Most media seem to be taken in by the spin and/or the spam from Falun Gong devotees. A recent example can be seen within the Jewish publication the "Forward." Correspondent Benjamin Soskis laments that "religious groups offer little support to Chinese sect."
But had Soskis spent more time on hard research and less on politically correct hand wringing, he would have found that Falun Gong founder Li Hongzhi, is both a megalomaniac and a bigot.
Sarah Lubman of the San Jose Mercury News did her homework and actually read Mr. Hongzhi1s racist rants. Li says that "mixed-race people...[are] instruments of an alien plot to destroy humanity1s link to heaven." And that these interracial unions are somehow part of "a plot by...evil extraterrestrials." Hongzhi appears to be homophobic too when he calls gays "disgusting," and prophesizes that one day they will be "eliminated" by "the gods."
Much of Hongzhi1s writings seem paranoid and ramble on about beings from outer space who are "embedding their technology and science in human bodies" so they can "control" humanity through "their thoughts." This is a little like L. Ron Hubbard1s theories, which form the basis for Scientology.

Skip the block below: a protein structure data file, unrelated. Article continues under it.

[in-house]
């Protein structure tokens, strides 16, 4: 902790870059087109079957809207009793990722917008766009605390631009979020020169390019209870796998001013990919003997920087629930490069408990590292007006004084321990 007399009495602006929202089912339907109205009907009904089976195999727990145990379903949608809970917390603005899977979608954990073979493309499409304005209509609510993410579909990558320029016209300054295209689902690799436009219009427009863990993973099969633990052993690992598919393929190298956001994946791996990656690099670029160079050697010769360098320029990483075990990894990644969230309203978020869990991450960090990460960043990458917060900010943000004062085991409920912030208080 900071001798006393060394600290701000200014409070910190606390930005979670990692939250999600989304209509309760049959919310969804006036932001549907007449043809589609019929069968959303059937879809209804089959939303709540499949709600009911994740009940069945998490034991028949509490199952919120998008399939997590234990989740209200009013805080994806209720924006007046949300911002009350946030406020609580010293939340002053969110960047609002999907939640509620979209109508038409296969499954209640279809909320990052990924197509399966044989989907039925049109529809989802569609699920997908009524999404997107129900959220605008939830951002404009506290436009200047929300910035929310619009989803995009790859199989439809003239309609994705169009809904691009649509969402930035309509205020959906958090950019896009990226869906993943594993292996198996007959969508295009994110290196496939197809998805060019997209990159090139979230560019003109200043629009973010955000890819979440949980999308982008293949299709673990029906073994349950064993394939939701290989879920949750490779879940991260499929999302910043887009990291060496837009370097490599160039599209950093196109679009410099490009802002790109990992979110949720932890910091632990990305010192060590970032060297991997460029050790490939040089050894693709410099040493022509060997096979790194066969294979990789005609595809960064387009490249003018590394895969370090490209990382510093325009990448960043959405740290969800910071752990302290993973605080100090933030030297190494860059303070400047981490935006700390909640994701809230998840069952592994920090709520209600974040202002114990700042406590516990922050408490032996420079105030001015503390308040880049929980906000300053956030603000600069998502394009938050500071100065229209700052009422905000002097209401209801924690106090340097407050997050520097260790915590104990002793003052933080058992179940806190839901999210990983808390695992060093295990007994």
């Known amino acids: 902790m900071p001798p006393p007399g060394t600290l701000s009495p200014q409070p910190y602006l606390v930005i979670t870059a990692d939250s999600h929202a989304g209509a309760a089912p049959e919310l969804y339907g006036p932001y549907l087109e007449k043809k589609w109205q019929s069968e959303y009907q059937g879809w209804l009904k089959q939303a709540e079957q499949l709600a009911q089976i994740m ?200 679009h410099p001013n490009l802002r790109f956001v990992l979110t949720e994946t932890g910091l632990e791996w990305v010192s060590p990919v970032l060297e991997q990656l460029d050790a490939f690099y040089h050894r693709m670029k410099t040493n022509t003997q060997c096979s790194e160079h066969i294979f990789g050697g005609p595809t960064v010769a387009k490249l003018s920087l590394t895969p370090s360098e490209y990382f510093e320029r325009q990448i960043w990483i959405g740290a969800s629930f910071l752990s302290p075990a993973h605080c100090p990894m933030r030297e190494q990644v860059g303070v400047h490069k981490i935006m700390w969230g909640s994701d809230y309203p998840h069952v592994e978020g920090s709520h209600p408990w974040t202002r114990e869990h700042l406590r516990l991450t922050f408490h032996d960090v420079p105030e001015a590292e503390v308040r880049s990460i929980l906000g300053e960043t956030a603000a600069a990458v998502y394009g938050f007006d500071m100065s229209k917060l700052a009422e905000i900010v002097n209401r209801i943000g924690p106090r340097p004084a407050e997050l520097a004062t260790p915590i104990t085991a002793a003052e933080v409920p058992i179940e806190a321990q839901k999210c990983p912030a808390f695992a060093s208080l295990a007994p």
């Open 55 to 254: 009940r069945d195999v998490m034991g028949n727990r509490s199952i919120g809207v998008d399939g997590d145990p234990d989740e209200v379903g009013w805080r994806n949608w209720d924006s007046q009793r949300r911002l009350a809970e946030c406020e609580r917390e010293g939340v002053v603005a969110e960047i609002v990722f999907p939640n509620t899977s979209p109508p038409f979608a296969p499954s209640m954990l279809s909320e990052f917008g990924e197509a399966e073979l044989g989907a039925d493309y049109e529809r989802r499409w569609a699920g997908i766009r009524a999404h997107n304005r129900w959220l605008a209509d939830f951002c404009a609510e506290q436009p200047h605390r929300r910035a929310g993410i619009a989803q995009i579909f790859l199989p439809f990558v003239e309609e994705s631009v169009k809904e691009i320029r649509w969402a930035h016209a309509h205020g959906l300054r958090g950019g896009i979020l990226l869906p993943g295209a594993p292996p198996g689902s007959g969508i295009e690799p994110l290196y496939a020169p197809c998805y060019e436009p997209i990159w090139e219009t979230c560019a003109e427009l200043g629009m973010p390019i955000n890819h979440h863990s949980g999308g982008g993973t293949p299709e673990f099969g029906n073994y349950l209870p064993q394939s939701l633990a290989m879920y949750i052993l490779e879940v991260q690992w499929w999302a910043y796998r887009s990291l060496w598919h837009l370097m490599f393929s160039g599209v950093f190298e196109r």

Washington Post reporter Peter Carlson, like Lubman looked beyond the group1s rhetoric. He discovered that the followers of "Master Li" believe not only that he can "personally install" falun (a wheel of law) in their abdomens, but he can "levitate,""become invisible" and knows the "top secret of the Universe."
Canadian reporter Brian Hutchinson of the National Post, found that Falun Gong is based upon the "idea that life on Earth is doomed, that it is rotting and that it needs to be 'rectified1 in order to proceed to the next stage of existence." And "Master Li...has succeeded in preventing the cosmos from decomposing altogether, as other 'higher beings1 were willing to allow."
Hongzhi has also made this sweeping claim, "What I do today is for the purpose of rectifying humankind and the substances of the entire Earth." This statement appears to match the hubris of Rev. Moon, founder of the Unification Church, who says he is the messiah.
Hongzhi eerily parallels the claims made by Marshall Applewhite of "Heaven1s Gate"? Like Li, Applewhite believed he was on a mission to fight against evil planetary forces. Just like Applewhite, Hongzhi sees himself in a singular and pivotal role. And he warns, "Not acknowledging the Master in the human world is not acknowledging oneself as a disciple."
Yes, Mr. Soskis might have done a little bit more research, and then he would have better understood why, as one Jewish leader he quoted observed, "It1s hard to get [Jewish groups] to speak out on behalf of Falun Gong,"
Original text from: http://www.cultnews.com/archives/000443.html
(Cultnews.com, August 16, 2002)